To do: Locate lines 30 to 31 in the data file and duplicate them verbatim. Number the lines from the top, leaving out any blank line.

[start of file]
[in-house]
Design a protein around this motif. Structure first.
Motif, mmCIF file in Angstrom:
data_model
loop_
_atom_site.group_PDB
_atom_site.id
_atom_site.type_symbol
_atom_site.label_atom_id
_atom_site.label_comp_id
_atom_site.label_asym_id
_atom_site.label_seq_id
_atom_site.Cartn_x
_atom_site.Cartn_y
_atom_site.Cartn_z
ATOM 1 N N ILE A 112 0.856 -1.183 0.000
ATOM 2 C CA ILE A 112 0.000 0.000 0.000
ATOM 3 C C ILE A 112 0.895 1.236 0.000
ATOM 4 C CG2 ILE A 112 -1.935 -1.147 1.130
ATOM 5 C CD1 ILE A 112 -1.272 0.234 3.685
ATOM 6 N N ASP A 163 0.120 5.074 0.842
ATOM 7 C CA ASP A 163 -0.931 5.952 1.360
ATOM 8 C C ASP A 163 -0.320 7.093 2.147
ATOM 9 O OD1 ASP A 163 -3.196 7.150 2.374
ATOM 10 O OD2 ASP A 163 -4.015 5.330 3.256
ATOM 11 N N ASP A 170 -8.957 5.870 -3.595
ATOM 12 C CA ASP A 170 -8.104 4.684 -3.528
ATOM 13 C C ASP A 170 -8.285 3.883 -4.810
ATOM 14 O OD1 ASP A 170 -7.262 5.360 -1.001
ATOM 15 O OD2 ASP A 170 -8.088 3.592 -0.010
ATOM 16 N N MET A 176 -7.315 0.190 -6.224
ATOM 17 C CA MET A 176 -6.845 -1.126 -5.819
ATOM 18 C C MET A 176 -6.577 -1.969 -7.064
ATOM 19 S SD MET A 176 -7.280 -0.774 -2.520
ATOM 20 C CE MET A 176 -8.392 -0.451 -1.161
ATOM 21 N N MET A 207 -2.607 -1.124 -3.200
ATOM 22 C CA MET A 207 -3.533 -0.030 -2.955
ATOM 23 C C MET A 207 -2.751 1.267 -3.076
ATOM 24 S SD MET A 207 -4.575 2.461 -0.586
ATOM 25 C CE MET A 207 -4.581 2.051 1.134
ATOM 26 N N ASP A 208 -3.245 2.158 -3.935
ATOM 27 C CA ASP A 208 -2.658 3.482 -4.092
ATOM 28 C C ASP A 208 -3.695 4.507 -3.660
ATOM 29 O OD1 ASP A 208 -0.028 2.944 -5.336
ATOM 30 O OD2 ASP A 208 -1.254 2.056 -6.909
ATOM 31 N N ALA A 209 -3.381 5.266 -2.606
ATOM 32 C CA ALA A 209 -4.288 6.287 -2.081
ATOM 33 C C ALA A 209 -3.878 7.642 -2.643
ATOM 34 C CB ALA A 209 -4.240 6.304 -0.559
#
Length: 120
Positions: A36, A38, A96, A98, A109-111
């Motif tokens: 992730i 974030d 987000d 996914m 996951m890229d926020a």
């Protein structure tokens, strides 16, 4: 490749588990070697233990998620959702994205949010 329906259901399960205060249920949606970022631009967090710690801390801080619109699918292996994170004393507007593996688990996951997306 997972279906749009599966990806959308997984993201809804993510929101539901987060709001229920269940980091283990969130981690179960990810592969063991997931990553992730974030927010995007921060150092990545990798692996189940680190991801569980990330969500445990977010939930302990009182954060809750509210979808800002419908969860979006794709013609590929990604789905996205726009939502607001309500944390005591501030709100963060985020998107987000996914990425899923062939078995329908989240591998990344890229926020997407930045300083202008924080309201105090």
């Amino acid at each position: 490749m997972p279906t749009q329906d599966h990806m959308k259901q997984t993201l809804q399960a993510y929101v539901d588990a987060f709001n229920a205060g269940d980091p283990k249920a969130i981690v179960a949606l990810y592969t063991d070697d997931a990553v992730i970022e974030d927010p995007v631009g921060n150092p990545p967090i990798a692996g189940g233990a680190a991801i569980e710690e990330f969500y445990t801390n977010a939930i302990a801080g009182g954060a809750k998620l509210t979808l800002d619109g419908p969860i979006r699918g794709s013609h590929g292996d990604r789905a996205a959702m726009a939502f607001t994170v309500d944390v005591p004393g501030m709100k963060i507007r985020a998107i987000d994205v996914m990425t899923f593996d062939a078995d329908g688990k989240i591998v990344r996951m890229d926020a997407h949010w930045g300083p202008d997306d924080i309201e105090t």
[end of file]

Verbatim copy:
ATOM 15 O OD2 ASP A 170 -8.088 3.592 -0.010
ATOM 16 N N MET A 176 -7.315 0.190 -6.224